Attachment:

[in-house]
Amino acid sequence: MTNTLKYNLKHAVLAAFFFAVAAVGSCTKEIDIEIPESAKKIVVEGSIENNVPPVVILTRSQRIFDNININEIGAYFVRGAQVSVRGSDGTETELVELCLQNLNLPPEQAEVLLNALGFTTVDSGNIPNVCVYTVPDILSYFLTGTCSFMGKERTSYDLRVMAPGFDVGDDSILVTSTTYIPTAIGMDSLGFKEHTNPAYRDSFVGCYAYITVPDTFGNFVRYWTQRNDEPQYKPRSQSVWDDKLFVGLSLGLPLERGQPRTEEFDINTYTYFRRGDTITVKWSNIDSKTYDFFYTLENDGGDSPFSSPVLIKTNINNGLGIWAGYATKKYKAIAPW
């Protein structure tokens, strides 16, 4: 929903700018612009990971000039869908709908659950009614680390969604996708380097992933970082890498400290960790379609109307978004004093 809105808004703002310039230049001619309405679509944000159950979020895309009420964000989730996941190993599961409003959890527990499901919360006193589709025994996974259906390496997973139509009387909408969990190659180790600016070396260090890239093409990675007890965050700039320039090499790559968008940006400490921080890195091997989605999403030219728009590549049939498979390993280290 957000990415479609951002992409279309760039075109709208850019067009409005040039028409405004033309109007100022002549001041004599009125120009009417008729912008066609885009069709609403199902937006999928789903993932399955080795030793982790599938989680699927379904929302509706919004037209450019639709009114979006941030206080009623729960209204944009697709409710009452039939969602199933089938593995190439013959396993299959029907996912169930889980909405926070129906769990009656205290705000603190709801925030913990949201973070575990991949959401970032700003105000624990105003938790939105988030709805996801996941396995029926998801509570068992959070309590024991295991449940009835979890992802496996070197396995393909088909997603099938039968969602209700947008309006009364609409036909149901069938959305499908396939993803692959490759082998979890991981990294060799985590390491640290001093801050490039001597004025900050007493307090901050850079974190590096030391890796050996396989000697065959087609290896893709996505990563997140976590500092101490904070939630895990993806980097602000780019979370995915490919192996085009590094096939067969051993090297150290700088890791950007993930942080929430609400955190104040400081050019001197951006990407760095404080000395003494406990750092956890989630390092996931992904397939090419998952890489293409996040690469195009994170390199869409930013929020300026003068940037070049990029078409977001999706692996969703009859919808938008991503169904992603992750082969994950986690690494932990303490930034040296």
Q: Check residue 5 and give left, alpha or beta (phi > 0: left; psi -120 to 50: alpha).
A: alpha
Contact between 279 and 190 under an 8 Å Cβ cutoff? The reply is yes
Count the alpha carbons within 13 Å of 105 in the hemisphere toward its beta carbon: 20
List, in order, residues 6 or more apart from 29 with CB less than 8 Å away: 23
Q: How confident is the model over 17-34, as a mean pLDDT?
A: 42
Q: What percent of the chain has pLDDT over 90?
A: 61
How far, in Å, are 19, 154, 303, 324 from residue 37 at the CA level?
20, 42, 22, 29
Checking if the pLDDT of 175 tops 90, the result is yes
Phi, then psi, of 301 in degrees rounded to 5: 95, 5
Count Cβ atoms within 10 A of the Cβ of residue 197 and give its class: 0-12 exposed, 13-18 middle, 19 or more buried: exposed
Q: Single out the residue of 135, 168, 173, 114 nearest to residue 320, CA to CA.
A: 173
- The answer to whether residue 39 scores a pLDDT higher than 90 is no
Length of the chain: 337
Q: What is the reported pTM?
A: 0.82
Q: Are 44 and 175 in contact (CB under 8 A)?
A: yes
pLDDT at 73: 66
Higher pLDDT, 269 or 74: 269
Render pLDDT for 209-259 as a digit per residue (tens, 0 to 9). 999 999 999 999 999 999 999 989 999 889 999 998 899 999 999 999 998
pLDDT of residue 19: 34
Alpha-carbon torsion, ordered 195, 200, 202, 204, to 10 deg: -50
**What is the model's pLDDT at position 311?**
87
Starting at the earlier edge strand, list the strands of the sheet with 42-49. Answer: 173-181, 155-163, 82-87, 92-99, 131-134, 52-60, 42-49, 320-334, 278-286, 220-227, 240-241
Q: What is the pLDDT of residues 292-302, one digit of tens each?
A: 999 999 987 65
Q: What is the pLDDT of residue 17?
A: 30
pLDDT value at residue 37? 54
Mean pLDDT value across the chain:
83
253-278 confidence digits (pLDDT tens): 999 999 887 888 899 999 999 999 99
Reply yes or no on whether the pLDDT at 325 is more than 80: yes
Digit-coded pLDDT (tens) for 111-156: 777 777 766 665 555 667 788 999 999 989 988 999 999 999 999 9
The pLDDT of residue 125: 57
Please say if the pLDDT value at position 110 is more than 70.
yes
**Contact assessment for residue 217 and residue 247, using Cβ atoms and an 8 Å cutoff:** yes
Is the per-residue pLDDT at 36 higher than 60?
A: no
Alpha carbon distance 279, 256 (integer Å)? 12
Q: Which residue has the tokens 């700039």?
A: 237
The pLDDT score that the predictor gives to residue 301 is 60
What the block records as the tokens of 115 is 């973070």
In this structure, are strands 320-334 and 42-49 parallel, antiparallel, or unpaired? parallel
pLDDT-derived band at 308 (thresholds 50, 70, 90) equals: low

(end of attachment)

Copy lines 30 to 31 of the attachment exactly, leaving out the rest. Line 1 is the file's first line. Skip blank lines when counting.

Alpha-carbon torsion, ordered 195, 200, 202, 204, to 10 deg: -50
**What is the model's pLDDT at position 311?**